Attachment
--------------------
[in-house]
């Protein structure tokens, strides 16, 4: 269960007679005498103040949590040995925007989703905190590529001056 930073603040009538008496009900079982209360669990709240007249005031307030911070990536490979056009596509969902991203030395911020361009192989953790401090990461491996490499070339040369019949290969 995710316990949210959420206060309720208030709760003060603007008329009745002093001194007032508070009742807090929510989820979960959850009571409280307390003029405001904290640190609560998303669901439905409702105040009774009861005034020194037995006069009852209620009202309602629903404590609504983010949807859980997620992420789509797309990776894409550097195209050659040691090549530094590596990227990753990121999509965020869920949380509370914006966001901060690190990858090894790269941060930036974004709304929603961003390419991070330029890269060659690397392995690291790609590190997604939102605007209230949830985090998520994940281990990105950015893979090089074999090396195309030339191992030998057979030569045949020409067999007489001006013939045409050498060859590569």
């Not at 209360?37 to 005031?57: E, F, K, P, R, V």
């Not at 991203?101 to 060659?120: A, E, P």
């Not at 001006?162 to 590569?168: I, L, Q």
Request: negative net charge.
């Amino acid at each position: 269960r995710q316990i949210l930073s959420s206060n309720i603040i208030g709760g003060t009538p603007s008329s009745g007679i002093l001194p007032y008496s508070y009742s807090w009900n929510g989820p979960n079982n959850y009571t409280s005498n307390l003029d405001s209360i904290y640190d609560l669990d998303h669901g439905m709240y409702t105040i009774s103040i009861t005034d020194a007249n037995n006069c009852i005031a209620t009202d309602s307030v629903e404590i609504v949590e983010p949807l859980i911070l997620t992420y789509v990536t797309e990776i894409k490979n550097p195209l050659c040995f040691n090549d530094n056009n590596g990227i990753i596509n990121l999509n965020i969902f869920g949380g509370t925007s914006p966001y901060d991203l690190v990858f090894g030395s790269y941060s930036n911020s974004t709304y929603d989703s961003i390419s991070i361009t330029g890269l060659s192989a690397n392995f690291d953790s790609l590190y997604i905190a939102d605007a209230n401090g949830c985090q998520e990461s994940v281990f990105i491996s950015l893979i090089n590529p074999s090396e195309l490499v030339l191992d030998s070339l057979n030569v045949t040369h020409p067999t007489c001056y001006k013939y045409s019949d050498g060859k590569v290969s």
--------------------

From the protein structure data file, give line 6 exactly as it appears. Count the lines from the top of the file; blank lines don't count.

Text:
Request: negative net charge.